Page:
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Old 08-20-2011, 11:38 PM   #1
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Meritor Braking Improvement

There are several posts about Meritor Brakes. I used the Chevron Syn fluid in the hydraulic system . I flushed the brake fluid and put in DOT 3 and could notice no difference. Then I looked at the length of rubber brake hose WRV installed. There was a total of 13 feet on the front and rear. That is lot of hose to expand every time you step on the brake. I didn't like the way front hoses were on top of the king pins either. I decided to replace them stainless steel braid teflon hose.

I did find a quote from a hydraulic engineer that explains this very well.

"While the steel (or other material) braided over a hose liner does serve to protect the liner, its primary function is to _reinforce_ the liner. A plain Teflon tube will only take a small amount of pressure, and tends to kink very easily when flexed. Adding braid creates a hose capable of handling very high pressures, and actually improves flexibility somewhat.

The hose wears out when the braid wires fatigue or corrode, or if it is damaged. The Teflon doesn't age, and is unaffected by brake fluid (and just about everything else). The Teflon hoses are favored in high-performance applications because (a) they have an effectively infinite working life, if the proper hose is properly installed, and (b) the Teflon liner doesn't "give" under pressure like a rubber liner does, so hydraulic systems function more crisply and efficiently.

In racing, military, aircraft, etc. applications, hydraulic hoses and systems get pressure-tested, typically to 1.5 x working pressure, on a regular basis to find bad components before they fail in service.

The pressure-testing on your Bus happens every time you step on the brake pedal... and the consequences of failure could be dire. DOT certification gives peace of mind for a couple of reasons: you can be sure that the hose has the correct pressure rating for your vehicle, and is sufficiently high that failure is extremely unlikely; the manufacturer proof-tests the hoses to verify that they will take pressures well in excess of what they will see in your vehicle; and if there's a failure and an accident results, the manufacturer has liability insurance.

If you want to specify a Teflon / SS hose assembly to use for your brake lines, then by all means be sure that you get them from a reputable supplier, and that they are tested at proof pressure. There are plenty of little shops around that will slap together hose assemblies of very poor quality, and I'm sure you'd agree that it's not worth taking chances with your brake lines. Teflon hose assemblies are quite a bit trickier to build than are rubber hoses."

I did have a DOT certified hose supplier make and test them. I did blow them out good before I installed them. All hose and fitting were new except they reused the banjo that bolts to the Caliper. There are two thick copper washers on each side of the banjo that I couldn't find at all the major brake supply houses. I did check with Meritor and they didn't supply them to WRV. Just save them and reuse them. Had to make a couple brackets to keep plenty space from the wheel. The front ones I made about the same length since these Alpine's do turn sharp. I did check the turning when I was finished. The rear lines where they come off the frame were a little hard to get to because of the Aqua Hot exhaust. Cost of the lines was over $300 for the material.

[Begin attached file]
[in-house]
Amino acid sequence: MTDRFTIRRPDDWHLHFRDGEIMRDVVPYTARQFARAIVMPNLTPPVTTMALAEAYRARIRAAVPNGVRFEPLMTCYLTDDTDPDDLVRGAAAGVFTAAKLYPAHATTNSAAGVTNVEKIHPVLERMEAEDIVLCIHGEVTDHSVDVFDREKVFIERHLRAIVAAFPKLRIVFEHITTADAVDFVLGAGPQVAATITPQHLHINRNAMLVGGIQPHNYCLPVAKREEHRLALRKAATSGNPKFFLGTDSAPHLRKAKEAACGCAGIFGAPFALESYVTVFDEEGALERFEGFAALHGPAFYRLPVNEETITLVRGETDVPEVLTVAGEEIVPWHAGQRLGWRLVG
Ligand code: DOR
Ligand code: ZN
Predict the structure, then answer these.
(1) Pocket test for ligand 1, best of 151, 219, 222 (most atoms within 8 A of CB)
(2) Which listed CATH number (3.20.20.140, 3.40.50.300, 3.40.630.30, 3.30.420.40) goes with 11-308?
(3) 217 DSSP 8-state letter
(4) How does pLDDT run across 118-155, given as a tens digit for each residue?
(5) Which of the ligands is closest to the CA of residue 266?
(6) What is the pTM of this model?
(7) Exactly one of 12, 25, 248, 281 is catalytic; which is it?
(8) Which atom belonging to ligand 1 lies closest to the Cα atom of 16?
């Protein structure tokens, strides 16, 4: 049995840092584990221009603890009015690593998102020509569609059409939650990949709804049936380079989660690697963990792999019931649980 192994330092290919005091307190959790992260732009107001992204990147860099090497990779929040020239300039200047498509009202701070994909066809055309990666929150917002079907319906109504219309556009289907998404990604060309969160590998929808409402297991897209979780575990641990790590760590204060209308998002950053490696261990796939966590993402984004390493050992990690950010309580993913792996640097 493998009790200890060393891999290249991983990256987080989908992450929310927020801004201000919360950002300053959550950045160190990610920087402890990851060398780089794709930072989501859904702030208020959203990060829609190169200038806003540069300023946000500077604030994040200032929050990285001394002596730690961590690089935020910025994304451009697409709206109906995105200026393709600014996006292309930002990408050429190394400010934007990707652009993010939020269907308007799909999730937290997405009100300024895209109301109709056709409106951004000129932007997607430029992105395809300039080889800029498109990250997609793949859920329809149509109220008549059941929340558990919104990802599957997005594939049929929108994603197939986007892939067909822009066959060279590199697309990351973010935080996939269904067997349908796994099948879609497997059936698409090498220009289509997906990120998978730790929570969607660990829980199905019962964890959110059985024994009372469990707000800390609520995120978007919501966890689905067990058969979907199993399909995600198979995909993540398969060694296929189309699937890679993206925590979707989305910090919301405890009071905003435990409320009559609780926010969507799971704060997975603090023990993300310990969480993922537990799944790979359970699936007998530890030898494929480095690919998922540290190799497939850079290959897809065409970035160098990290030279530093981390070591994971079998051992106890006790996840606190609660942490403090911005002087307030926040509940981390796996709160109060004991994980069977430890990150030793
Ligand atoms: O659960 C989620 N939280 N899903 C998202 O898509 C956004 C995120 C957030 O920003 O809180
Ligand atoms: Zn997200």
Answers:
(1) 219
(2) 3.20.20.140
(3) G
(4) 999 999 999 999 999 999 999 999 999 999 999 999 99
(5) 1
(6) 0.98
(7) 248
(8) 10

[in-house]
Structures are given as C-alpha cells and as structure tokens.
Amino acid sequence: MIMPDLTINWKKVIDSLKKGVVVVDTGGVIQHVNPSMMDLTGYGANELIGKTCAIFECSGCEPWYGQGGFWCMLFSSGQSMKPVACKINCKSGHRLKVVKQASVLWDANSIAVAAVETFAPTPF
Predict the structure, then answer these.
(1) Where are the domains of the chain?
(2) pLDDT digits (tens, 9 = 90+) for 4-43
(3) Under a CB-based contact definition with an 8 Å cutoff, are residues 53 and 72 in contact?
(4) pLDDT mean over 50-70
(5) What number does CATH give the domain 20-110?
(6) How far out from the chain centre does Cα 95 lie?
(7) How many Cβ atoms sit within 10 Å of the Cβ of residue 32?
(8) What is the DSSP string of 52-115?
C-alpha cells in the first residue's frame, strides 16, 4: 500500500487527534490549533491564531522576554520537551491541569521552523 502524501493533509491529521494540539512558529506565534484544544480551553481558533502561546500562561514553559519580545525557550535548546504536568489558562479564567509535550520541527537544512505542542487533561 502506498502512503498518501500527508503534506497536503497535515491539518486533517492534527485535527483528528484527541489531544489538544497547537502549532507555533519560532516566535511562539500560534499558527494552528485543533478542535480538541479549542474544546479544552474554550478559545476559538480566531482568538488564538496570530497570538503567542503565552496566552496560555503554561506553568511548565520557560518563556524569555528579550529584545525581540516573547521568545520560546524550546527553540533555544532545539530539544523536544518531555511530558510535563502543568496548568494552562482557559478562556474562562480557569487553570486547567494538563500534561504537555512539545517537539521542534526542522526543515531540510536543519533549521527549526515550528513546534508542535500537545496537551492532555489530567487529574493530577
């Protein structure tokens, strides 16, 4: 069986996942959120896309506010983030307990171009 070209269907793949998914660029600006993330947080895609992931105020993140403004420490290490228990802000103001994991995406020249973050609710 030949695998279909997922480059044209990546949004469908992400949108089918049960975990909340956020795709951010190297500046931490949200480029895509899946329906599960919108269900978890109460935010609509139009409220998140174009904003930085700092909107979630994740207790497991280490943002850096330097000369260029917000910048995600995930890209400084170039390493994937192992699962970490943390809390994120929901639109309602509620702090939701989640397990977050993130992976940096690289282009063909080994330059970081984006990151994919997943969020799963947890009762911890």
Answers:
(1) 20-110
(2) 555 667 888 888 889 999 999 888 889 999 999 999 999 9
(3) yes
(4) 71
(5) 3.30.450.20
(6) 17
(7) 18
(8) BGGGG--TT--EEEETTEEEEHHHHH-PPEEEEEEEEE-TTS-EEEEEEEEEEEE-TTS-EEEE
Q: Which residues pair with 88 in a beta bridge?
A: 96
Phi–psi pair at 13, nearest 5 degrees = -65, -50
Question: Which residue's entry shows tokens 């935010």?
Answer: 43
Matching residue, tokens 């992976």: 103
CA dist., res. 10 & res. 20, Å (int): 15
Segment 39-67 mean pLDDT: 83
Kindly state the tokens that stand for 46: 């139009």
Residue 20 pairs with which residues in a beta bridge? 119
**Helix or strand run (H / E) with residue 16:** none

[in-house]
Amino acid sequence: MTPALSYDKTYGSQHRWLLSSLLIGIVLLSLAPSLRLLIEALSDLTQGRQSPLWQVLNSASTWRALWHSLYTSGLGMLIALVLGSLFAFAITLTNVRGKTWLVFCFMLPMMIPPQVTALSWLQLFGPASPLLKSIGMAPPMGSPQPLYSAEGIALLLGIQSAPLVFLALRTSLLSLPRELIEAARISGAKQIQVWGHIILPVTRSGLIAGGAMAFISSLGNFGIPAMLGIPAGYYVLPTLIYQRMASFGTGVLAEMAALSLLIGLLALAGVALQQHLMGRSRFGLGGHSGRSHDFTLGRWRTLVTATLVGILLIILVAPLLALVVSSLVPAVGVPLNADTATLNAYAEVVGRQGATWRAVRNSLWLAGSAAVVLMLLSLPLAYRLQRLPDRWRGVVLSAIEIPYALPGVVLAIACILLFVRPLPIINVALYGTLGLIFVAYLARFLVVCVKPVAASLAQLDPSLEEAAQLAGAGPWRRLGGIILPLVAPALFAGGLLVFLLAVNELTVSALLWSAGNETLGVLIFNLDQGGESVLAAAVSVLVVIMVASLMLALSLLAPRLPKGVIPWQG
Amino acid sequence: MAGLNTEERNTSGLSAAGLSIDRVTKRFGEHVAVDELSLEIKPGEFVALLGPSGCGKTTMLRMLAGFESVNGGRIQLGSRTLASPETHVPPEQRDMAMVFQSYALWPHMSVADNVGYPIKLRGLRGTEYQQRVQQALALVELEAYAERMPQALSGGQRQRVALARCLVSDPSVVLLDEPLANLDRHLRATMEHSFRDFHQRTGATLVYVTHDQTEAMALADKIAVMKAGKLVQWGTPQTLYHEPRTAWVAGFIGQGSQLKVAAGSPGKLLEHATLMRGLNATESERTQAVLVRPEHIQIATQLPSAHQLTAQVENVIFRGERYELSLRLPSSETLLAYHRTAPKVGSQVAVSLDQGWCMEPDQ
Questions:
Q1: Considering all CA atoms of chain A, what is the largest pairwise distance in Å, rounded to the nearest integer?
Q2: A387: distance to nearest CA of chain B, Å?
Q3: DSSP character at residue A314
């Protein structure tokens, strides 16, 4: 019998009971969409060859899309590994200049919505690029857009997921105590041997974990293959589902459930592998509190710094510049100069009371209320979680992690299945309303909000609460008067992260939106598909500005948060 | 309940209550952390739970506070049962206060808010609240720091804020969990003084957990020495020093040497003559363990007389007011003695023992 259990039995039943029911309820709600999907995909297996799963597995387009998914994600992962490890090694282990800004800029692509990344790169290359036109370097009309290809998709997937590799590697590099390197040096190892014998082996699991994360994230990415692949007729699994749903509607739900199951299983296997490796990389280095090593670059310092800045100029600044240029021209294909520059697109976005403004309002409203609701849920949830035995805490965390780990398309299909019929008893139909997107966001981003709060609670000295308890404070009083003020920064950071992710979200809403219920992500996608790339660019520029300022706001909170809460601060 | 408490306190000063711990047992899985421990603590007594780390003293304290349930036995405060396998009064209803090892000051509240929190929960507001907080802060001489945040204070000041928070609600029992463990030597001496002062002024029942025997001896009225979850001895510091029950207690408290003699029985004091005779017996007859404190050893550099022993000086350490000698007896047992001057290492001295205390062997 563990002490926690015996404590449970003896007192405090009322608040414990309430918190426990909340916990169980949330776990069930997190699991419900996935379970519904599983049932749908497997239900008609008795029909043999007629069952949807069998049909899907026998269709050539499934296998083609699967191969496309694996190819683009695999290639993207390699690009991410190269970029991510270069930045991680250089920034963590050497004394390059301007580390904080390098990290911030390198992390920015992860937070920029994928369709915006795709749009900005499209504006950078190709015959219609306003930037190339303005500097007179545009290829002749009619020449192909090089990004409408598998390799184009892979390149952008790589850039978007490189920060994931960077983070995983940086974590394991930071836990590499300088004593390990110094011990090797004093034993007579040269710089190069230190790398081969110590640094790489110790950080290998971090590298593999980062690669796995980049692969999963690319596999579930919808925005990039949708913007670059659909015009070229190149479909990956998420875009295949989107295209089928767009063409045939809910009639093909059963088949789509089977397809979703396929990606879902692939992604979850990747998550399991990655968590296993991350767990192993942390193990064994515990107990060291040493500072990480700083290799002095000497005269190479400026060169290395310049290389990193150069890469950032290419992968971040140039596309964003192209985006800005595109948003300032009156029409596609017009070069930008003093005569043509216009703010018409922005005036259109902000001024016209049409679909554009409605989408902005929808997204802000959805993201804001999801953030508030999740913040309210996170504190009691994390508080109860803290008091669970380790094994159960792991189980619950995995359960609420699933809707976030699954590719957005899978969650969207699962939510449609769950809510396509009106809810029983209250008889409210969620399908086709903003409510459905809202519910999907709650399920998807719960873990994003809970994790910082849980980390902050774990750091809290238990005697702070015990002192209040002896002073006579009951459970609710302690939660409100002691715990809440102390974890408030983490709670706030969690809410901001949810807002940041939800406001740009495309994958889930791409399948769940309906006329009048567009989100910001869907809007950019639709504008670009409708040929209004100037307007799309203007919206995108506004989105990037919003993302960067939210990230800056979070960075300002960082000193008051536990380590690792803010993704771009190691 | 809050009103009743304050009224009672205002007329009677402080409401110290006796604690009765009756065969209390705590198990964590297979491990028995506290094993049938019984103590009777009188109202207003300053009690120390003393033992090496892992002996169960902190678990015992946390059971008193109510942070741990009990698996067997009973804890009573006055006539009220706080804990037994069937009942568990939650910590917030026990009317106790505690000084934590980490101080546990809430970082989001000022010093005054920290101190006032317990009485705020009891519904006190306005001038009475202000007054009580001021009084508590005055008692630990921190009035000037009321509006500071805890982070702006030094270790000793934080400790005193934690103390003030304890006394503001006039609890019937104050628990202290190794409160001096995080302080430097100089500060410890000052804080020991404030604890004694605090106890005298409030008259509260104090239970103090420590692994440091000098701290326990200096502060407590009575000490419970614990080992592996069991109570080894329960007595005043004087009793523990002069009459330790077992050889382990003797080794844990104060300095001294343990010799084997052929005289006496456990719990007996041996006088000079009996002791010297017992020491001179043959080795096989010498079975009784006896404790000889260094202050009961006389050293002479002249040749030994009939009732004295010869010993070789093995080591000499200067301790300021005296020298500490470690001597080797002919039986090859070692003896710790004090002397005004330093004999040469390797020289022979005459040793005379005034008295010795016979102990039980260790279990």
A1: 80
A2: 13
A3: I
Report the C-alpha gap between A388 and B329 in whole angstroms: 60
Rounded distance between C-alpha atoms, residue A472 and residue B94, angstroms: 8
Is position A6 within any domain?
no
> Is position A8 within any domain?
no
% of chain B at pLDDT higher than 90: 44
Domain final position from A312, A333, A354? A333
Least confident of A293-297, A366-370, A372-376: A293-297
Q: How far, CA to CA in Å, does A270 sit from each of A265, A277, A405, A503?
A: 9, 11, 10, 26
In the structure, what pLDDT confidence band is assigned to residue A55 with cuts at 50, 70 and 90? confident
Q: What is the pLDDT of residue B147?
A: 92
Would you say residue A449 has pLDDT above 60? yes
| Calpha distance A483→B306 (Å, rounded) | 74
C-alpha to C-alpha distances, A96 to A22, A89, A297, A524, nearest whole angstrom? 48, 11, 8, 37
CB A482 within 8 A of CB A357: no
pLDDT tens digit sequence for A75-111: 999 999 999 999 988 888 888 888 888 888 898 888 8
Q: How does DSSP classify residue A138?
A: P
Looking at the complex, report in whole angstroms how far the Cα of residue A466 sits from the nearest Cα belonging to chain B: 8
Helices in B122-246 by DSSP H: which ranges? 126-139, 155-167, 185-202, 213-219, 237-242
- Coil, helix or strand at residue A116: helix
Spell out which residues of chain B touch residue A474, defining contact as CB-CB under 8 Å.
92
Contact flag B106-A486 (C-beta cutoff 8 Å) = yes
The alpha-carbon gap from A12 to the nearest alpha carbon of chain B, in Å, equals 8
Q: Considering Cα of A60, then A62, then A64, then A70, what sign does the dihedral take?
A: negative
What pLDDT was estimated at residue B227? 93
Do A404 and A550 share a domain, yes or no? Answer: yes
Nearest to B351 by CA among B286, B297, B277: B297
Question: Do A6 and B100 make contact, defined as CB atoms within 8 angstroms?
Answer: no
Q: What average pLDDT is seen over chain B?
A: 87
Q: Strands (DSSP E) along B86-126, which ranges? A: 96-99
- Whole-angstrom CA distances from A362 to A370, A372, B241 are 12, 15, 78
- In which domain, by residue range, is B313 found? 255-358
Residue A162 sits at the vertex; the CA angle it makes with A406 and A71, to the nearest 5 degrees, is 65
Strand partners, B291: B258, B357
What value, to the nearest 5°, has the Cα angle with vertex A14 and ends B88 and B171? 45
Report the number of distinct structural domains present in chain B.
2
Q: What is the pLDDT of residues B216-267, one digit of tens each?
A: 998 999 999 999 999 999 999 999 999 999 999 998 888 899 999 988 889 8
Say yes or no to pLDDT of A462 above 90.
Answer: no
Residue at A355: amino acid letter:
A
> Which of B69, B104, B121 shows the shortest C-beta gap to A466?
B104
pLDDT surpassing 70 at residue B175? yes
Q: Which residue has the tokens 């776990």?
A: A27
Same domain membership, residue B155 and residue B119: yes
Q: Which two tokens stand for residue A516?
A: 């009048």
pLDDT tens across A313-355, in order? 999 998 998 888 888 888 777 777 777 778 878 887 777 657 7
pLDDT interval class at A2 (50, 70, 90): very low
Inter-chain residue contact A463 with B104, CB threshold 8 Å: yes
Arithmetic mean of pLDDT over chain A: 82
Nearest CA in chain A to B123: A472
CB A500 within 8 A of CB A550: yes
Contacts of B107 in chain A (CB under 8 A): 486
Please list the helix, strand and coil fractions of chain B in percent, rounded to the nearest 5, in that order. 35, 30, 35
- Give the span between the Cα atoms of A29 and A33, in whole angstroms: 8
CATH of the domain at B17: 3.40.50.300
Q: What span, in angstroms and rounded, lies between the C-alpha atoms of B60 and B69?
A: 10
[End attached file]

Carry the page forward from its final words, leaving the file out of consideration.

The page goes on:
I did this 1 1/2 years ago and this greatly improved my braking. I did get a chance to give it a severe test on I-5 in Seattle. I was in the right lane and there was a car stopped on the shoulder. Without signaling or a accelerating pulled out directly in front of me!!!! All I could see is a white roof. I stood on the brake pedal and I was surprised how quick I stopped and I didn't hit the
idiot. In the rear closet with the 6 foot rod across the the back, it threw all the hangers with clothes off the rod against the doors. The front sliding windows which weren't locked slammed all the way open. Can't remember what else flew ahead. For me stainless/teflon lines greatly improved my braking!
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Old 08-20-2011, 11:41 PM   #2
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Old 08-21-2011, 02:47 AM   #3
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Since we've just been 'Round the Horn on Jake Brake, this is the perfect topic to come next.

Kraig- what shop made up your no-longer-new brake lines, and how did they reuse the banjo (it looks to me like its crimped on the hose end)? Sounds like a worthwhile mod.

I know of two Apliner's who have modified their bell-crank that sets between the brake pedal and the Hydro-Max. One moved the lower pin closer on its original offset plate to the vertical spindle pipe by about 5/8" changing the bell-crank from a 1:1 (top offset from the brake pedal to spindle, lower offset from the spindle driving the HydroMax), to a ~1.3:1 or maybe 1.5:1 leverage. Bada-Bing, improved brake response. He angled the HydroMax to maintain the correct actuator geometry, accomplished by shimming out the forward two bolts holding the hydromax to its bracket w/about 1/4" of stacked washers.